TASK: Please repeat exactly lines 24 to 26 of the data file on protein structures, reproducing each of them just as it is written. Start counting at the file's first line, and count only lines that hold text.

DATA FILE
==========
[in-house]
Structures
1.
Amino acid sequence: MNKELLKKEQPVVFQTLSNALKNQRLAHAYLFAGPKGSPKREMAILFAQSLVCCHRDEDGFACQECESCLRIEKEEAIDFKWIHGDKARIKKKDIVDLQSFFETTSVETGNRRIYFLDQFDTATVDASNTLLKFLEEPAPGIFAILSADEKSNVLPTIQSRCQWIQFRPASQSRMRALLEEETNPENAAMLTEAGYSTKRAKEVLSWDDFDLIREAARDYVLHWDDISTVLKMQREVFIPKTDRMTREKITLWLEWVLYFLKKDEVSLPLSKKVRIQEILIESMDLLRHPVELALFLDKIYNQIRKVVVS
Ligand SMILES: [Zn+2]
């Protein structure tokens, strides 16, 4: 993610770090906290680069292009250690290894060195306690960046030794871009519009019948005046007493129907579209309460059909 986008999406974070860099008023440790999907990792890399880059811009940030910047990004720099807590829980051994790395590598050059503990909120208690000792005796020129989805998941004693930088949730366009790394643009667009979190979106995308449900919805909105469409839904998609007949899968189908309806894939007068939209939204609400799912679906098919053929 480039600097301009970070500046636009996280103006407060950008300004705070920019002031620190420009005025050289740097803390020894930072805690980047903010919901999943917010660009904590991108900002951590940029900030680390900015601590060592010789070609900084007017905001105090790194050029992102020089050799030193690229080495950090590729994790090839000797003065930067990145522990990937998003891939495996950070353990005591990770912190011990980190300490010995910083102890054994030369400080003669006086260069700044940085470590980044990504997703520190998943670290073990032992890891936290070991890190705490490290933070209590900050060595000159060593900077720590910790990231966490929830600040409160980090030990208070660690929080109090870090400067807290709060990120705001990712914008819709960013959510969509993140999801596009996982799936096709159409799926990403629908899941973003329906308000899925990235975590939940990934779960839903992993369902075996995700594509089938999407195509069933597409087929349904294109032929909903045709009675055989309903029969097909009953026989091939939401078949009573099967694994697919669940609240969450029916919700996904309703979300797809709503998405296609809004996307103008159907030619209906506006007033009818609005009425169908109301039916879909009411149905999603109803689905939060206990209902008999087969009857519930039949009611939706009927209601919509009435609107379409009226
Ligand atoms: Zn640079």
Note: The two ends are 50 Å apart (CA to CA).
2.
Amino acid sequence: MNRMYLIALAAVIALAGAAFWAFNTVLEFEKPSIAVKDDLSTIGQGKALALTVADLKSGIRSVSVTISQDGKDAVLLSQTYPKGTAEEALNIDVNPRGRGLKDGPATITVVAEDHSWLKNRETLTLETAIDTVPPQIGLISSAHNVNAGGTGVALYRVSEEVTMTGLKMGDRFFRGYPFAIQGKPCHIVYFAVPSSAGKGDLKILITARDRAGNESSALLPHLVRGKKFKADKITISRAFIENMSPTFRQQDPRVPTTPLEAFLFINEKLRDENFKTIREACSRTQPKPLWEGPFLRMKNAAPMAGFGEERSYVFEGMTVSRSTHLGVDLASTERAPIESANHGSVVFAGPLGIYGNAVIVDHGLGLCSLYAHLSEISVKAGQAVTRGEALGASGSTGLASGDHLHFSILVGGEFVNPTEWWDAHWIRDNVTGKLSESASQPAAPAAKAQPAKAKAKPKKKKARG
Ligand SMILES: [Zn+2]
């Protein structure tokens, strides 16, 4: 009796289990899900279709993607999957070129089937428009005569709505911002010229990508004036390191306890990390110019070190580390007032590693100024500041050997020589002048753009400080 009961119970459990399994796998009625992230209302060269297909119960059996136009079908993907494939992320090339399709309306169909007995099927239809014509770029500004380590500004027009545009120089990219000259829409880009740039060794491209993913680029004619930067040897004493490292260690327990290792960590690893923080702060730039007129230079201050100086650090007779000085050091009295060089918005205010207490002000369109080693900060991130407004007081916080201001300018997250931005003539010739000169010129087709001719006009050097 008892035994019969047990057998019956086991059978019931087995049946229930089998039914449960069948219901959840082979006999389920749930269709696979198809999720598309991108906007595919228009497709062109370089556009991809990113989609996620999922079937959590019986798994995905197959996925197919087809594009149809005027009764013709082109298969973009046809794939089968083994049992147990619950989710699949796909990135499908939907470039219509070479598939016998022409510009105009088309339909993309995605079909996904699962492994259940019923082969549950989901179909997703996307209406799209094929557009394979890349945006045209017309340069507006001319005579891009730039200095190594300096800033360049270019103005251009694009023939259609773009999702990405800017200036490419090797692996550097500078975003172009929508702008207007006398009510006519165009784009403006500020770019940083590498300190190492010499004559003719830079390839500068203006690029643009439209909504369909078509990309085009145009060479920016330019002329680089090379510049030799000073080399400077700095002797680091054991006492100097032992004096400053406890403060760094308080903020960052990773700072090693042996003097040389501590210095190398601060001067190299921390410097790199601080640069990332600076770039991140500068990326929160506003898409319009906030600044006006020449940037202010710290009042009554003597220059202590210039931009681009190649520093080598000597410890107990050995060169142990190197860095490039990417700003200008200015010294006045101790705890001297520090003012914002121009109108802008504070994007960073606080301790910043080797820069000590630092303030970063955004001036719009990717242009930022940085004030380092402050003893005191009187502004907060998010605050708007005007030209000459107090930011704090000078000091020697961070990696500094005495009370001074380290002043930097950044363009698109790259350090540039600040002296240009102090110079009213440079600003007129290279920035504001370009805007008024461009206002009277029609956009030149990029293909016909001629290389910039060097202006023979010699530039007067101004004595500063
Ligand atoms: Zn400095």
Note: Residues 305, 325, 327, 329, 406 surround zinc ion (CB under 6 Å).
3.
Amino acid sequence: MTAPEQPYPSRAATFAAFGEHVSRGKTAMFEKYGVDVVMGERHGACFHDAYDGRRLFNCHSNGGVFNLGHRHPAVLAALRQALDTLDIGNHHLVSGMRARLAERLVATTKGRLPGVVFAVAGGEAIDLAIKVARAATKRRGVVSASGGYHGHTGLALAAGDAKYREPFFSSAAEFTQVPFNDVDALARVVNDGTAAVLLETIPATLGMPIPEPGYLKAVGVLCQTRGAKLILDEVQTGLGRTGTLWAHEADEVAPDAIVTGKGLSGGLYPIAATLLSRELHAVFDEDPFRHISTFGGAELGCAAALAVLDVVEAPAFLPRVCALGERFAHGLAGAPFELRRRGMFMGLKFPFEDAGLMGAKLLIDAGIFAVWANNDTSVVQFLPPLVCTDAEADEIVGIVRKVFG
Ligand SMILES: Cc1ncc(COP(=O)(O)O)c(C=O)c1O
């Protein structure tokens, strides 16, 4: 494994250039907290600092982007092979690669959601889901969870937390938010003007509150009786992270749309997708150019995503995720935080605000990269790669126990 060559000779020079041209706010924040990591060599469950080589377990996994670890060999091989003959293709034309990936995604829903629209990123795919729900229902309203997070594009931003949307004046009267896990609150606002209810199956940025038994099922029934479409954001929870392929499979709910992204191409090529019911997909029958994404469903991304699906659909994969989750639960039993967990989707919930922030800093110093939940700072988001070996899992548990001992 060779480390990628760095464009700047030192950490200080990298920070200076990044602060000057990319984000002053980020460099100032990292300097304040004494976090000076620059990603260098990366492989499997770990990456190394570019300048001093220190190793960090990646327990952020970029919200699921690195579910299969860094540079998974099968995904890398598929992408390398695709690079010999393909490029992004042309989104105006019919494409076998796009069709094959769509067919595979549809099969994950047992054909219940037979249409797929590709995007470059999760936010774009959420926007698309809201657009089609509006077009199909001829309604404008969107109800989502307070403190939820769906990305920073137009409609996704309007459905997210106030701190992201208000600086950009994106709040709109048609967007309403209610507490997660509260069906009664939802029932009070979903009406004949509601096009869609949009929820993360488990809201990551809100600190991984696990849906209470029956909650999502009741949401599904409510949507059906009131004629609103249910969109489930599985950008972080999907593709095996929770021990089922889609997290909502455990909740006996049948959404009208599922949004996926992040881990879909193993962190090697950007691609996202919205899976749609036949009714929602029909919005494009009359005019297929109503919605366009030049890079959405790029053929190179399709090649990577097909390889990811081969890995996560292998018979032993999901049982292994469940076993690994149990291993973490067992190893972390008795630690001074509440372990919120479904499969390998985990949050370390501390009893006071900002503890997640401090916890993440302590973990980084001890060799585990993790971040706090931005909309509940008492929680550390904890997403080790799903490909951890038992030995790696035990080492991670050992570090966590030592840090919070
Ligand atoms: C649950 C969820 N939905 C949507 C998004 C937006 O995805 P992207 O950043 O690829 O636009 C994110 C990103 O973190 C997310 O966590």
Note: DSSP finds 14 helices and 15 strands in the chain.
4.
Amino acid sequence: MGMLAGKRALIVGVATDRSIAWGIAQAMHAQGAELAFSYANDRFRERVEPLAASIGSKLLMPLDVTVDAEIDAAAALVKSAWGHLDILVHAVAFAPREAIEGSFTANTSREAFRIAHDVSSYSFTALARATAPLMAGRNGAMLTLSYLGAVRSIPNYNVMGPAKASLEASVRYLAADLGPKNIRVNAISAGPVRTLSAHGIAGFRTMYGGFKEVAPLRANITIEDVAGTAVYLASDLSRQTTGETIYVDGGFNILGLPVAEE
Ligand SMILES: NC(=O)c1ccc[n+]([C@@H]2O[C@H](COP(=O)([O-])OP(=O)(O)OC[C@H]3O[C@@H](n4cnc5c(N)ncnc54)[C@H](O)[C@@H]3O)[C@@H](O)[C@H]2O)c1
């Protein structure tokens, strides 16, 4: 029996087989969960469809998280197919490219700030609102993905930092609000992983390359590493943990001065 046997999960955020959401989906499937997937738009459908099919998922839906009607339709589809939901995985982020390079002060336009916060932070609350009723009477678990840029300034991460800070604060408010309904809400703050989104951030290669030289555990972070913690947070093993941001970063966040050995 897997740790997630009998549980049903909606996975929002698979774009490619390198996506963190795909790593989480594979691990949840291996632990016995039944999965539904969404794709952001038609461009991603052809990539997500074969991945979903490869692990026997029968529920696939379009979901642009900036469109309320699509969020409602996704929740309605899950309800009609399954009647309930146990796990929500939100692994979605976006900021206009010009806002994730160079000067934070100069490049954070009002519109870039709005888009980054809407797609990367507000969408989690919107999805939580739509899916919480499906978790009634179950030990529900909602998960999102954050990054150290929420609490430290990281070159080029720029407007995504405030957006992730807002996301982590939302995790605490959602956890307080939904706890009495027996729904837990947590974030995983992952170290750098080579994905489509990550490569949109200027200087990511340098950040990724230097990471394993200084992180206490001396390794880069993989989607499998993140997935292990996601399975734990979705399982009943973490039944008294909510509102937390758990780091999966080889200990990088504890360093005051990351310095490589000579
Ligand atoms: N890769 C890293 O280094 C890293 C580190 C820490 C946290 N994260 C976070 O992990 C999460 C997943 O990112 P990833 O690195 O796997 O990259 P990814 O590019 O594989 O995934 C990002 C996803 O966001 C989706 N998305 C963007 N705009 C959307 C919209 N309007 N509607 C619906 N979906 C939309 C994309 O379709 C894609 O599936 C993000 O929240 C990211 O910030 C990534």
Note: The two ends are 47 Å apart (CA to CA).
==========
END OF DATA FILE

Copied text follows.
């Protein structure tokens, strides 16, 4: 029996087989969960469809998280197919490219700030609102993905930092609000992983390359590493943990001065 046997999960955020959401989906499937997937738009459908099919998922839906009607339709589809939901995985982020390079002060336009916060932070609350009723009477678990840029300034991460800070604060408010309904809400703050989104951030290669030289555990972070913690947070093993941001970063966040050995 897997740790997630009998549980049903909606996975929002698979774009490619390198996506963190795909790593989480594979691990949840291996632990016995039944999965539904969404794709952001038609461009991603052809990539997500074969991945979903490869692990026997029968529920696939379009979901642009900036469109309320699509969020409602996704929740309605899950309800009609399954009647309930146990796990929500939100692994979605976006900021206009010009806002994730160079000067934070100069490049954070009002519109870039709005888009980054809407797609990367507000969408989690919107999805939580739509899916919480499906978790009634179950030990529900909602998960999102954050990054150290929420609490430290990281070159080029720029407007995504405030957006992730807002996301982590939302995790605490959602956890307080939904706890009495027996729904837990947590974030995983992952170290750098080579994905489509990550490569949109200027200087990511340098950040990724230097990471394993200084992180206490001396390794880069993989989607499998993140997935292990996601399975734990979705399982009943973490039944008294909510509102937390758990780091999966080889200990990088504890360093005051990351310095490589000579
Ligand atoms: N890769 C890293 O280094 C890293 C580190 C820490 C946290 N994260 C976070 O992990 C999460 C997943 O990112 P990833 O690195 O796997 O990259 P990814 O590019 O594989 O995934 C990002 C996803 O966001 C989706 N998305 C963007 N705009 C959307 C919209 N309007 N509607 C619906 N979906 C939309 C994309 O379709 C894609 O599936 C993000 O929240 C990211 O910030 C990534």
Note: The two ends are 47 Å apart (CA to CA).